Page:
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Volume 20 No. 42


Four years into its effort to leverage its financial markets expertise in the sports world, Bloomberg Sports is substantially expanding its professional baseball scouting tools.

The company has built out capabilities with partner MLB Advanced Media to link as many as eight customized video angles to its analytics platform.

Bloomberg works with 26 of 30 MLB teams to varying degrees.
That platform previously included real-time statistics, location-based data and various ways for teams to analyze that information, but only one, standard broadcast video feed. The new system now incorporates cameras each team has placed in its ballpark that are designed to isolate on specific positions and players.

For example, when a club looks to analyze specific batter-for-pitcher matchups, it can isolate specific pitches and now have those pitches directly linked to video from multiple vantage points.

Bloomberg Sports intends to formally introduce the expanded platform at the winter meetings, which will take place next month in Orlando.

“Being able to incorporate a whole suite of video options was really the one last big piece we were needing to having this be a true one-stop solution,” said Bill Squadron, head of Bloomberg Sports.

“There’s a great interest around the industry in marrying data with video as video has become such a critical piece of puzzle, and we now have the ability to truly tie that all together,” he said.

The company works with 26 of 30 MLB clubs to varying degrees. Several teams, including the Chicago Cubs and Washington, have extensive alignments with Bloomberg Sports.

But the new effort represents a move to upsell many clubs spending at a more modest level, and convert some of the remaining holdouts. The expanded analytics system carries a base price of about $200,000 a year for the hardware, software, and technical support.

Bloomberg Sports also intends for the expanded scouting system to be implemented by major clubs for their minor league affiliates.

“As clubs’ video coordinators have become more important to their overall baseball operation, we’ve spent a lot of time trying to improve their workflow and their efficiency,” Squadron said.

The NHL is crafting a series of Canadian television deals that could increase its average annual rights fees to more than $350 million, nearly double the current amount, while creating a Sunday night telecast franchise for the league.

The ongoing negotiations involve five Canadian networks: CBC, TSN, Sportsnet, and French-language broadcasters RDS and TVA. Negotiations are focused on 10-year deals, the same length as the $2 billion agreement between the NHL and NBC Sports Group that was reached in 2011. The forthcoming Canadian deals are expected to escalate in value over the length of the contracts, possibly exceeding a total of $400 million by the end of their terms.

CBC is expected to remain the NHL’s major partner and retain “Hockey Night in Canada.”
The league hopes to complete the deals before the Olympic break in February and could present any pending agreements as early as Dec. 9, when the NHL’s board of governors convenes in Pebble Beach, Calif., for the first of two days of meetings. NHL Deputy Commissioner Bill Daly and Chief Operating Officer John Collins have led the negotiations for the league. The NHL and the networks declined to comment on negotiations.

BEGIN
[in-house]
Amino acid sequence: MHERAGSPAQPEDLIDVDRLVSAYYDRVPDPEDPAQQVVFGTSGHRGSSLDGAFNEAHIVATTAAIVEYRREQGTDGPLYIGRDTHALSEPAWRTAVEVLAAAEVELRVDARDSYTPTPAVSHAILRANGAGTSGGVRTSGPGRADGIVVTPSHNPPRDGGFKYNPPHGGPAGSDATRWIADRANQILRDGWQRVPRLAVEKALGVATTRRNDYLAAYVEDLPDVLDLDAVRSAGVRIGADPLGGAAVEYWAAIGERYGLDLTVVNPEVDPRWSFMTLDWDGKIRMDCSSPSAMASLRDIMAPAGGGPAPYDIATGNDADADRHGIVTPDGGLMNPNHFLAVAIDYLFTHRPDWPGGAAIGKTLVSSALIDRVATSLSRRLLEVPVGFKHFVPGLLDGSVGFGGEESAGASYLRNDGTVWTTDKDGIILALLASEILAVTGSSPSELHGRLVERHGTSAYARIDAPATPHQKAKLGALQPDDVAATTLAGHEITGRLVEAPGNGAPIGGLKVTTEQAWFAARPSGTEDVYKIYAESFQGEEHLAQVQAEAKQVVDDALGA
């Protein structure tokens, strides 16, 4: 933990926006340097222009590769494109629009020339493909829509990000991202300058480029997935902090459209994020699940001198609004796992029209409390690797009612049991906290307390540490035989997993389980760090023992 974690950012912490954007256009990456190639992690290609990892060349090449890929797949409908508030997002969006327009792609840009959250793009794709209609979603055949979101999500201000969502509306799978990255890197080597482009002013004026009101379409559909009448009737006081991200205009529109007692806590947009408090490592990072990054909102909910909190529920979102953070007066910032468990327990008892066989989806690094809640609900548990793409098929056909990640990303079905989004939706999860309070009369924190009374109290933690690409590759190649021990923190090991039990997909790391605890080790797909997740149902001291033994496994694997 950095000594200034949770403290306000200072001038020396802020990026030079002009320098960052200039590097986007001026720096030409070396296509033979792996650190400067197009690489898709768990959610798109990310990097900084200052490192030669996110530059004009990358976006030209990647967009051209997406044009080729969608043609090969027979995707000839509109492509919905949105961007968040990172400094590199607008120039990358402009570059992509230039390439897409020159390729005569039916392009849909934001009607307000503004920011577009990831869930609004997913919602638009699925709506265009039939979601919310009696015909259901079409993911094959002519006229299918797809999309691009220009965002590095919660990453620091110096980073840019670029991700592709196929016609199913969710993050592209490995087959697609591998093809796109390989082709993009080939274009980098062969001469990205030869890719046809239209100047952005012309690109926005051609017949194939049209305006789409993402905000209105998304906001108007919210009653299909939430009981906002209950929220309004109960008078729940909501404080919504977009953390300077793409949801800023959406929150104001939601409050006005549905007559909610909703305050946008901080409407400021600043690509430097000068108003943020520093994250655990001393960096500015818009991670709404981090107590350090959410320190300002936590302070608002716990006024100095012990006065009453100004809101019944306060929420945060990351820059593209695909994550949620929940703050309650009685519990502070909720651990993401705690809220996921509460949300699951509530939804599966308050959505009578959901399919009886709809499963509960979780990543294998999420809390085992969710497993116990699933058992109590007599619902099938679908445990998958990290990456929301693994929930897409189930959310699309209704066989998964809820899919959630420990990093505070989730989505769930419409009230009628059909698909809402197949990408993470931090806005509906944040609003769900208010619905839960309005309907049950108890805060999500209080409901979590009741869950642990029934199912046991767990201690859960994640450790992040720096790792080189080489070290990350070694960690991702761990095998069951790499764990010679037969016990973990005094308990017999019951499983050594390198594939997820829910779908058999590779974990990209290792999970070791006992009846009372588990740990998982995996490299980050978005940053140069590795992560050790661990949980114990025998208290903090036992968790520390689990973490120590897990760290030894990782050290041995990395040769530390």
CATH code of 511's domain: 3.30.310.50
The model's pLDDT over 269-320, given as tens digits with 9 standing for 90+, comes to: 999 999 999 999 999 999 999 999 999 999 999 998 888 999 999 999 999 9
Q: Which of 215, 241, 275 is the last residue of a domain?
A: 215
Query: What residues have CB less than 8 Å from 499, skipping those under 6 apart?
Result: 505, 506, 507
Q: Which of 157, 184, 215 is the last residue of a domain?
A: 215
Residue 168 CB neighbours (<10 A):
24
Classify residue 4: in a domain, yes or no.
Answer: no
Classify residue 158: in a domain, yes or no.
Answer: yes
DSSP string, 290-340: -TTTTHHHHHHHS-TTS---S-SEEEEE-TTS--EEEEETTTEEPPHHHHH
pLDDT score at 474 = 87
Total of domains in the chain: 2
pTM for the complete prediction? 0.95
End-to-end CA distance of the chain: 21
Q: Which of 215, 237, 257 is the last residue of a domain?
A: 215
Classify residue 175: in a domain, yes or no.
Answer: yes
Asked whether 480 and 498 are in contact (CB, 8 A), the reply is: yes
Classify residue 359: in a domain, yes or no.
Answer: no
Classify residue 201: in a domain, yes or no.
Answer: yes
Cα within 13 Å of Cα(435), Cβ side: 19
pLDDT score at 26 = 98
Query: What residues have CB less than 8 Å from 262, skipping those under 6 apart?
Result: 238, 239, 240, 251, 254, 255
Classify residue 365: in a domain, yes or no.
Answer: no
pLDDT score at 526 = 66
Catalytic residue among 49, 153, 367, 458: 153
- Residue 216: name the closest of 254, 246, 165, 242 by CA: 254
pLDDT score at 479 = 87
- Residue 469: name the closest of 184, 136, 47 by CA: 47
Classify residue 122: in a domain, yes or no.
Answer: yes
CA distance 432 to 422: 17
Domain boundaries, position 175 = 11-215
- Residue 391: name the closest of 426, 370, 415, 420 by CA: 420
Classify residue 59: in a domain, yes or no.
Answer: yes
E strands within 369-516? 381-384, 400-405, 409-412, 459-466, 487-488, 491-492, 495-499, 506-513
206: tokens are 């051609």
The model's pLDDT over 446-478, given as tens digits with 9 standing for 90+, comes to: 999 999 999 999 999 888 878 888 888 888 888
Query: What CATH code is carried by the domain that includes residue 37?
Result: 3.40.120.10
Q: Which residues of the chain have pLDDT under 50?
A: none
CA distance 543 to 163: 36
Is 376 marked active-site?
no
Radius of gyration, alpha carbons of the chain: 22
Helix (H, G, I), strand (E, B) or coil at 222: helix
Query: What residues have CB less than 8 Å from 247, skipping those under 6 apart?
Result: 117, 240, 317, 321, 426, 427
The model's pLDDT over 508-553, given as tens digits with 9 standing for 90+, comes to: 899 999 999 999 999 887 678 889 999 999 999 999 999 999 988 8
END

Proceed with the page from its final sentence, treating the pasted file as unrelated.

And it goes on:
The NHL is receiving about $190 million annually from its Canadian rights deals with CBC, TSN and RDS. Those agreements took effect in 2008 and expire after this season.

The deals would bring another massive spike to the league’s media rights, on top of the sizable increase NBC Sports Group paid in 2011, going from an average of $77.5 million per year to $200 million per year. The agreements also provide yet another example of the robust marketplace for live sports programming.

Additionally, the deals come at a key juncture for the NHL, as three months ago, the league outlined plans to increase revenue generated at the league-office level by $1 billion over the next three years. Getting more than $350 million annually in Canadian media rights fees — meaning more than $150 million in new annual revenue — would be a key step in helping the NHL reach that goal.

According to industry sources, CBC will remain as the league’s major partner and will retain “Hockey Night in Canada,” its iconic franchise since 1953. But the network would see its rights fee go up and some of its current inventory go to other programmers.

CBC (the over-the-air, public Canadian Broadcasting Co.) now pays $121 million a year. In the new deal, CBC is expected to pay about $175 million a year. However, it would lose the rights to the NHL All-Star Game and some playoff broadcasts, sources said.

“It meant a lot to the NHL and CBC for the network to keep ‘Hockey Night in Canada,’” said one source. “The key was maintaining that relationship while still making a workable deal [financially] for CBC so they wouldn’t get hurt too much. It looks like a fair resolution was found.”

In the current deal, CBC shows four of the eight first-round playoff series; two of the four second-round series; one full conference final plus four games of the other; and the Stanley Cup Final. The new agreement is likely to be without one of those four first-round series and without the four-game conference final package. However, CBC would retain its priority selection of series.

The NHL has successfully engaged TSN and Sportsnet in competitive bidding for the newly available inventory. TSN is likely to be the future rights holder of the NHL All-Star Game and is the leading candidate to own the rights to that second conference final, sources said. TSN’s current deal gives the network four first-round series, two second-round series and three games of the conference final series where CBC has the other four.